Names. Titles. Sometimes it seems that coming up with the right ones takes nearly as much time as crafting the book itself. I know I spend a long time trying to get my characters’ names, and my book titles, just right.
It may seem to the non-writer that a name is a name. But imagine for a moment if Jo March of Little Women had been called Nancy, or Lulu, Patsy or Parthena — all names that were au courant at the time. Would Lulu or Patsy have seemed such a strong, dynamic character? (No insult intended to the Lulus and Patsys out there!)
The writer needs to not only consider if the name suits the personality of the character, as in the example above, but also the genre, the time period of the story, the ethnicity of the character, the age of the character and what names were current when that character was born — it’s a lot to think about!
I’m grateful for the internet in this task. No longer do writers have to feel embarrassed when buying baby name books! Name listings for every era are right at our fingertips.
I like to figure out when my characters would have been born, then look for names that were popular in that year. This can be narrowed down further by country (or even state!) as well as, of course, boy or girl.
You can also easily search for the meanings of names, if you want to have a name for your character that ties in with the story or with their personality. This goes for first names and surnames.
Don’t be afraid to change a character’s name later on in the revision process, either! You may find as you go along that the name doesn’t suit the character, or that you have three characters with similar names and it’s too confusing.
You may even realize that you have inadvertently used the name of a real person. You can’t get too worried about this, since it’s almost impossible to avoid (unless you name your character Xreaoeurb Wo9qr5 or something equally nonsensical.) But if you discover that your character has the same name, occupation, and locality as a real person, it would be a good idea to rethink.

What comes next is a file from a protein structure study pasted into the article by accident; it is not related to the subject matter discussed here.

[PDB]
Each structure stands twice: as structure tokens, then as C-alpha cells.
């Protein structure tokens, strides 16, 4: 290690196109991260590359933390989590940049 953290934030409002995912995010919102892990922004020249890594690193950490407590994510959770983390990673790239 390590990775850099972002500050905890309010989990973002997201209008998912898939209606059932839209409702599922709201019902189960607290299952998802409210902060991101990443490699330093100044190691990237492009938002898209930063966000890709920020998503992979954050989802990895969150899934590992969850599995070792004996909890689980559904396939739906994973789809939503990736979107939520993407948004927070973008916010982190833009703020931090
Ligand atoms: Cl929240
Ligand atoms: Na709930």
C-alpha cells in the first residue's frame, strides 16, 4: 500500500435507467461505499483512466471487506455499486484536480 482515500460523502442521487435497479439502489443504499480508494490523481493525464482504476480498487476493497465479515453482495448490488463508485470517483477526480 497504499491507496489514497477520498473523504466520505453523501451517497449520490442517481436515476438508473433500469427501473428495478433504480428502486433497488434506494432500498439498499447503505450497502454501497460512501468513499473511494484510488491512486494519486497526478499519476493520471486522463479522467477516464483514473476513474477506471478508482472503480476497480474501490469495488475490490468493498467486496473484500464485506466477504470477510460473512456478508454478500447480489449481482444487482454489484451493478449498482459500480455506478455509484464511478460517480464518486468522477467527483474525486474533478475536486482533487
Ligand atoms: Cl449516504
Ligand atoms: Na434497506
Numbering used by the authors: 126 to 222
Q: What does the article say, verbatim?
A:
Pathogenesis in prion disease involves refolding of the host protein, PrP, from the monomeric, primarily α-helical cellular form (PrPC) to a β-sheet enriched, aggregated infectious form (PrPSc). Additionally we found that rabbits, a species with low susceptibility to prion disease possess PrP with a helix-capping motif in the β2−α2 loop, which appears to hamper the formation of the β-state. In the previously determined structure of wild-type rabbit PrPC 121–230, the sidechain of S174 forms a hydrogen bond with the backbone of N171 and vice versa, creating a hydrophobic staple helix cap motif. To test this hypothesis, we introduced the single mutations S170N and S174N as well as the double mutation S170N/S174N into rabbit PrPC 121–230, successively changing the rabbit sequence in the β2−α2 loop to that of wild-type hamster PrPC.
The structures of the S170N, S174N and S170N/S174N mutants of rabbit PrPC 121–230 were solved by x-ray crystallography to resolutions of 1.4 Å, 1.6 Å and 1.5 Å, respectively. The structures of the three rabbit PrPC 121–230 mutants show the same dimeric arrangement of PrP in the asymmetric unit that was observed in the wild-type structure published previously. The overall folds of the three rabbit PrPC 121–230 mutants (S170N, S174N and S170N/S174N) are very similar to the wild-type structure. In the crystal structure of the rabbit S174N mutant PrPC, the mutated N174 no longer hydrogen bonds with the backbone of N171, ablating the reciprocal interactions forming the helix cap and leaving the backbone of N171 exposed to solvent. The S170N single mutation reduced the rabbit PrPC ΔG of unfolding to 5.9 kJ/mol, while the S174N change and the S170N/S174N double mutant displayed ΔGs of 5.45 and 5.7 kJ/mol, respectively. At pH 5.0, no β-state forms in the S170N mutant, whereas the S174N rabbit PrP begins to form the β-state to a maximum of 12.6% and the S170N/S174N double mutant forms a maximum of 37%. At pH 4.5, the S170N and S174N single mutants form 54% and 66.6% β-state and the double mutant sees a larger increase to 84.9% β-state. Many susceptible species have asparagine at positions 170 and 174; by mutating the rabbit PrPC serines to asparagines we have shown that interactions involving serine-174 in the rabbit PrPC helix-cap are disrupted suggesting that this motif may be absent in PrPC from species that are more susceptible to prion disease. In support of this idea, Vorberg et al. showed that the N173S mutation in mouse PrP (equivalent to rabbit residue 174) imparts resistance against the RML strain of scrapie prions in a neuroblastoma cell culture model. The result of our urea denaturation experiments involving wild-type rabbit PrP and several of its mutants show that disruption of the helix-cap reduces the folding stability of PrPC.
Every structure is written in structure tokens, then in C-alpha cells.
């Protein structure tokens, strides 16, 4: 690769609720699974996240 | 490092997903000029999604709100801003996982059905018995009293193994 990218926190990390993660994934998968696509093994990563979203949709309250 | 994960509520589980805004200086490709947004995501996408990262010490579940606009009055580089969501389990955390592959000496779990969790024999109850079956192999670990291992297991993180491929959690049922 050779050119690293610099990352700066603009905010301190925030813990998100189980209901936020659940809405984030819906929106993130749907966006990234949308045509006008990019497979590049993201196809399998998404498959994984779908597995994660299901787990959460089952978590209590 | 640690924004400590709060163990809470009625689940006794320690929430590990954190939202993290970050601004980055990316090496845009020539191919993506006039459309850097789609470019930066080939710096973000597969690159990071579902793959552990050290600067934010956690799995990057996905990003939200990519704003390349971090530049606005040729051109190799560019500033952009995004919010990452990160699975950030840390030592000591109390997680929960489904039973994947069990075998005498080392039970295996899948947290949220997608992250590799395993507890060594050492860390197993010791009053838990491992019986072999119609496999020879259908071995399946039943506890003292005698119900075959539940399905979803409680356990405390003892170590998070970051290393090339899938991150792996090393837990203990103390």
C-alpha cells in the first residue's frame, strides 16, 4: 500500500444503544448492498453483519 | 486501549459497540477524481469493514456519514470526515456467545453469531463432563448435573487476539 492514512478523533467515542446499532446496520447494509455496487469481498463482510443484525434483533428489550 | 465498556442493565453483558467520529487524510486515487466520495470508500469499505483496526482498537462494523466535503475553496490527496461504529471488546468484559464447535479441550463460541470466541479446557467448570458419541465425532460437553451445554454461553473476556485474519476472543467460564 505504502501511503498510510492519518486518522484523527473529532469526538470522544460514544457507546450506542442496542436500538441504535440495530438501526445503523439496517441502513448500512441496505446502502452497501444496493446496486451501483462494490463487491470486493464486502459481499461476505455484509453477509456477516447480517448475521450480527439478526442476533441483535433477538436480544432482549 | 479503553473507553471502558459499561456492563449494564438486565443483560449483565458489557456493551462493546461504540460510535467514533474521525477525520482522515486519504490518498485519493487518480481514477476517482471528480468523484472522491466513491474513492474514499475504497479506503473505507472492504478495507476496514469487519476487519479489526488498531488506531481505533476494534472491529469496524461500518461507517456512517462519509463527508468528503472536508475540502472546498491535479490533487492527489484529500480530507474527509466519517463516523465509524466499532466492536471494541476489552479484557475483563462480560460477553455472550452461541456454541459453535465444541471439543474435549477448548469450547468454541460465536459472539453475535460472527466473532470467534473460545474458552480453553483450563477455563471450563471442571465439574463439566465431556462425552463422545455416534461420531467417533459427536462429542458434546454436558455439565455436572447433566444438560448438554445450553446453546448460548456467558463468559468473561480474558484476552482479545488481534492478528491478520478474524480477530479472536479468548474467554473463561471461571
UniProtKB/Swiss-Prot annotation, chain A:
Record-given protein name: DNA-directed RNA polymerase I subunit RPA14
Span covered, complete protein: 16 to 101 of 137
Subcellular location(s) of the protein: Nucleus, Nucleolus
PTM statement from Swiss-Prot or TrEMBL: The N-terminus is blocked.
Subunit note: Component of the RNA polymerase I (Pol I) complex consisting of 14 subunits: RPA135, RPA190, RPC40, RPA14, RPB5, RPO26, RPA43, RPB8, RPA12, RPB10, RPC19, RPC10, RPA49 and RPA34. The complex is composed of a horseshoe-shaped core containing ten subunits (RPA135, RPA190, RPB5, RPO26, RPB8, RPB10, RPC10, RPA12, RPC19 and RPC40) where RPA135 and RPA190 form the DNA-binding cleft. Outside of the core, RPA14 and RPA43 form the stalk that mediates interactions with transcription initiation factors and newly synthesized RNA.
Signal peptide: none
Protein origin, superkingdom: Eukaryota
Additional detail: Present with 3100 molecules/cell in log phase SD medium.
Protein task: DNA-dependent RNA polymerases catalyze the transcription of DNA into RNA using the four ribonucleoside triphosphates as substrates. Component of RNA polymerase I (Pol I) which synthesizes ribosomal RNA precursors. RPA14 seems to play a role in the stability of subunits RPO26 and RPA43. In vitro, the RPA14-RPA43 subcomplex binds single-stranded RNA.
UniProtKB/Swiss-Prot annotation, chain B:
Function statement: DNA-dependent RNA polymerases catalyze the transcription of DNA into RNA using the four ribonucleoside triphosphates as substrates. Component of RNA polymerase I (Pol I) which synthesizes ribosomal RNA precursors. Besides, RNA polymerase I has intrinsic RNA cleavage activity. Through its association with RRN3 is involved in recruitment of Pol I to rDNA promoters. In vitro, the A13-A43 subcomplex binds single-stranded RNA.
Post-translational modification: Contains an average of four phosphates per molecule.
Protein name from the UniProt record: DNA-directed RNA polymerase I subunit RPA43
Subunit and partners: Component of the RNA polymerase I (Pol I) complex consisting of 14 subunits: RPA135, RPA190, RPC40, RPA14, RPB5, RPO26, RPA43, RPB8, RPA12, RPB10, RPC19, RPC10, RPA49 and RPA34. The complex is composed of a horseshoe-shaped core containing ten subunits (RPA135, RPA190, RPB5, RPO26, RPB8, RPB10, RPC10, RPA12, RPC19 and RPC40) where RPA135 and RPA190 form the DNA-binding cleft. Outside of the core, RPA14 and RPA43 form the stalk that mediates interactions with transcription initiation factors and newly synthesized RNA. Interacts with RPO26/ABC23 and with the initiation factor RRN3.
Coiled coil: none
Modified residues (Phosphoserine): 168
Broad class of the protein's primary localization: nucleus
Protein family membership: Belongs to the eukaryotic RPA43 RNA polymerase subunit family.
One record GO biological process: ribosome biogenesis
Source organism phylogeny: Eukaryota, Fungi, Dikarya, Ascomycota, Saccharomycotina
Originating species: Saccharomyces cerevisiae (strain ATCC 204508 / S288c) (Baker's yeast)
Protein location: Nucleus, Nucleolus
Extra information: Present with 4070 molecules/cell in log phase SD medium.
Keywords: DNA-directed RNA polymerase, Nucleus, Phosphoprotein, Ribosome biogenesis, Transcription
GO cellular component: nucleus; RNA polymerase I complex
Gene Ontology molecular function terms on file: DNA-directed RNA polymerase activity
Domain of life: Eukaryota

Titles can be even trickier. Although titles can’t be copyrighted, it’s a good idea not to use a title that’s already been used, just in terms of avoiding confusion.
You want something pithy, memorable, easy to pronounce and marketable. You want it to entice the reader to open the book and start reading, but you don’t want to give away too much of the story. You want to avoid dullness and blandness, but you don’t want to go too wild and totally confuse potential readers.
Titles are another thing that can certainly be changed, and sometimes must be changed for the books own good. Did you know that one of the potential titles for The Great Gatsby was On the Road to West Egg? I’m glad it was changed, although F. Scott Fitzgerald was apparently never satisfied with the title The Great Gatsby.
In thinking about a title that will make the reader to want to know what happens, it can be a helpful exercise to reword good titles and see the difference between mundane and enticing. For example, if you saw the title The Mouse Ate a Cookie on a picture book’s spine, you likely wouldn’t even take it off the shelf. But when you read If You Give a Mouse a Cookie… you immediately want to find out what happens.
I’m partial to titles that take a familiar phrase and do something unusual with it — titles such as Cynthia Lord’s A Handful of Stars (you have to read the book to find out what the stars are, and how you can hold them in your hand) or Kate Messner’s Capture the Flag and Hide and Seek.
I’ve lost track of the number of times I’ve reached for the book Turn Left at the Cow before I realize I’ve read Lisa Bullard’s book before. That’s the power of a good title!
Names and titles. Titles and names. They will continue to both plague and delight us, I am sure. It’s definitely worth it to spend time seeking those that are just right. (As we all know from the book The Kid Who Ate Some Porridge. 😉 )
There are more great tips on selecting names at the Writer’s Digest website. Check out The 7 Rules of Picking Names for Fictional Characters and How to Give Your Character the Perfect Name.
If you’re looking for more advice on crafting titles, Emma Walton Hamilton has a great, succinct post on her blog: What’s in a Title?. Also check out Karen Woodward’s 4 Things to Keep in Mind When Choosing a Title for Your Book and 17 Steps to a Reader-Grabbing Title by K.M. Weiland.
If you found this post helpful, you’ll find many more writer-focused posts on my new blog A Word With Beth, launching on Friday, October 24th on my new Flubs2Fixes website. I hope you’ll join me there! (There’ll be a link to the launch post on this blog on Friday.)